Halloween Night at the 2014 National Horse Show featured creative costumes throughout the building; some on the many kids that came to trick or treat as well as those created by the riders in tonight's popular Chansonette Farm $45,000 Gamblers Choice Costume Class. Although it wasn't realized at the time, the class was over right after the first rider finished his imaginative course. Francois Mathy of Belgium, dressed as a soccer referee, raced Ornellaia through some tight tricky turns and amassed a grand total of 1340 points to secure the Friday night wire to wire win.
No one else came close.
The 200 point Joker fence, a tall, difficult 1.65m vertical of three white poles in the center of the ring proved to be the decider for many of the competitors tonight as only 11 of the 25 riders in the Gamblers Choice were able to add the 200 points to their score. Almost all that cleared the Joker ended up in the money when the tally was finally counted. Fourteen riders saw the 200 points deducted sending them home without a prize.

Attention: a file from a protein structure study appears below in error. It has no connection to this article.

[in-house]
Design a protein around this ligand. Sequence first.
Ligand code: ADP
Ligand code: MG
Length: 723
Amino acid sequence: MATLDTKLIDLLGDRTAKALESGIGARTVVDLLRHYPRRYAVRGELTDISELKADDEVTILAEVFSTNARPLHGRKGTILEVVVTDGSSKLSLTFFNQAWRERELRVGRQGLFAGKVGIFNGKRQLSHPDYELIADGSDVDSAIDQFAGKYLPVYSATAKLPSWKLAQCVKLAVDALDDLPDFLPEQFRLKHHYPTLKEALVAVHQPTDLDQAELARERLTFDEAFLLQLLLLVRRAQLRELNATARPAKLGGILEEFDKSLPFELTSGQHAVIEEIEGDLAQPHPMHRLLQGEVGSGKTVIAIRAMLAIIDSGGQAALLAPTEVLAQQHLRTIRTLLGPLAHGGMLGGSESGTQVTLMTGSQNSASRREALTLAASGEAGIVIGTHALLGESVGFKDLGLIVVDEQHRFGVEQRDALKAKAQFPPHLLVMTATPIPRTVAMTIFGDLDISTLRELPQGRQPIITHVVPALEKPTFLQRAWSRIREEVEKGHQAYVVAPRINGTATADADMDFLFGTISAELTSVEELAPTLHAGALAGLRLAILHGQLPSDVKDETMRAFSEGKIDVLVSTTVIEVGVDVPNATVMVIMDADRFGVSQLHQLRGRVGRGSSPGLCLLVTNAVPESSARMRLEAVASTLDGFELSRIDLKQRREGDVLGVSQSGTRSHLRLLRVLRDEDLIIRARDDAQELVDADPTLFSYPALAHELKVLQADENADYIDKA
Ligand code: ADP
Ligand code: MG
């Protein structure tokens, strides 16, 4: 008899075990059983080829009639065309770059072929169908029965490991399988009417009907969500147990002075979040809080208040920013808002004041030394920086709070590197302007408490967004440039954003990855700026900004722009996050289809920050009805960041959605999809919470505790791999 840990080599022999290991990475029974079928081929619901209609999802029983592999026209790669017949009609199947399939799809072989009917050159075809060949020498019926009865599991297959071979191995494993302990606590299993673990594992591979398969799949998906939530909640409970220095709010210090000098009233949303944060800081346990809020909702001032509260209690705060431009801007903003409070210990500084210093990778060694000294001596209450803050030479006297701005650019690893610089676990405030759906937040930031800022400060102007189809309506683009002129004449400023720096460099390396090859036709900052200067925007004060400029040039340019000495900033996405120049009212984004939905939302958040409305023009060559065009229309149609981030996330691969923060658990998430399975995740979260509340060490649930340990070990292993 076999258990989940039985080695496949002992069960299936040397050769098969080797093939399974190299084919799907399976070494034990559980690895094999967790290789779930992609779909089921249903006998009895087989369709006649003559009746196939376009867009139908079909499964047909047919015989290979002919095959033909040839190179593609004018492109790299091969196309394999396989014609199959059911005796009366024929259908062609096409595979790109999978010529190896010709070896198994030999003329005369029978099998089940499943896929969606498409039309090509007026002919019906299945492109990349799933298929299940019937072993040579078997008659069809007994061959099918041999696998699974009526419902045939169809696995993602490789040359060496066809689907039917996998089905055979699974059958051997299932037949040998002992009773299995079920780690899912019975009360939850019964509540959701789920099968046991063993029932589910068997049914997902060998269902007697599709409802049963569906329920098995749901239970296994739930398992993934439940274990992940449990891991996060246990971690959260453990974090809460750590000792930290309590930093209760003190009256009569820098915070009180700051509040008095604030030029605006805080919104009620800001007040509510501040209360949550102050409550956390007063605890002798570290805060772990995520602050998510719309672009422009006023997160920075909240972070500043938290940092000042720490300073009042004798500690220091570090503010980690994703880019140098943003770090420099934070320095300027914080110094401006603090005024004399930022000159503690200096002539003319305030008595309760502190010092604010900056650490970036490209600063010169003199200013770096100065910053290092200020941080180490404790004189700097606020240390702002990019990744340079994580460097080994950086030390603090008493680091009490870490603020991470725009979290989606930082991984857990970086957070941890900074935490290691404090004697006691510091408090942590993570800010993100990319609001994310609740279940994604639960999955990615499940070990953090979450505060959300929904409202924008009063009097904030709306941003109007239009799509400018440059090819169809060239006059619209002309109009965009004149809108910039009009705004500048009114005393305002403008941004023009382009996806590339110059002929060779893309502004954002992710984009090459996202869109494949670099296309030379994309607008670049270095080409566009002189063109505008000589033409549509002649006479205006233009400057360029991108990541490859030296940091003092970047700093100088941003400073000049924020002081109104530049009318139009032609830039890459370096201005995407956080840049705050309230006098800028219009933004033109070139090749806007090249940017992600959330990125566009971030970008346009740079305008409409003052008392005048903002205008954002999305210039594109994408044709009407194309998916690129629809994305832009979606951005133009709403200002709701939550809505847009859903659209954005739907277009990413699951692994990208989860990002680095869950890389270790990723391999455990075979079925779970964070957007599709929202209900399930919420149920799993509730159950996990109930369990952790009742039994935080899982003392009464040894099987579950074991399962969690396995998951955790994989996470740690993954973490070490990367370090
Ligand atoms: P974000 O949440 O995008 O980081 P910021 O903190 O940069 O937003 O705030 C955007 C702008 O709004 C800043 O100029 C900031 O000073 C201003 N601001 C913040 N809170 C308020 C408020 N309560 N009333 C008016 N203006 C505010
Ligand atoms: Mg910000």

Schuyler Riley came the closet to catching Mathy's top score but was still 110 points off the pace in second place. Riley, dressed as a big game hunter, rode Dobra de Porceyo to a total score of 1230 points.
Schuyler Riley and Dobra De Porceyo
Third place went to cat woman Laura Kraut and Cedric with 1220 points over the Guilherme Jorge designed course.
Rounding out the top four was Shane Sweetnam, riding as Woody from Toy Story. Sweetnam piloted Cyklon 1083 to a 1210 point total.
"It is never easy in this kind of class when you go first," said Mathy following his victory gallop. "You don't have a lot of references; you don't know how many obstacles you can jump. I saw the first part was quite tricky and I had quite a few fences coming up quite quickly, and I thought if I could do that all right, the rest of the course was smoother and easier. In this kind of class what you have to do is try to keep the fences as close as possible and not run too much without jumping a fence. I think that worked out quite good in my course. I just kept going around in the same way, not too many changes of direction."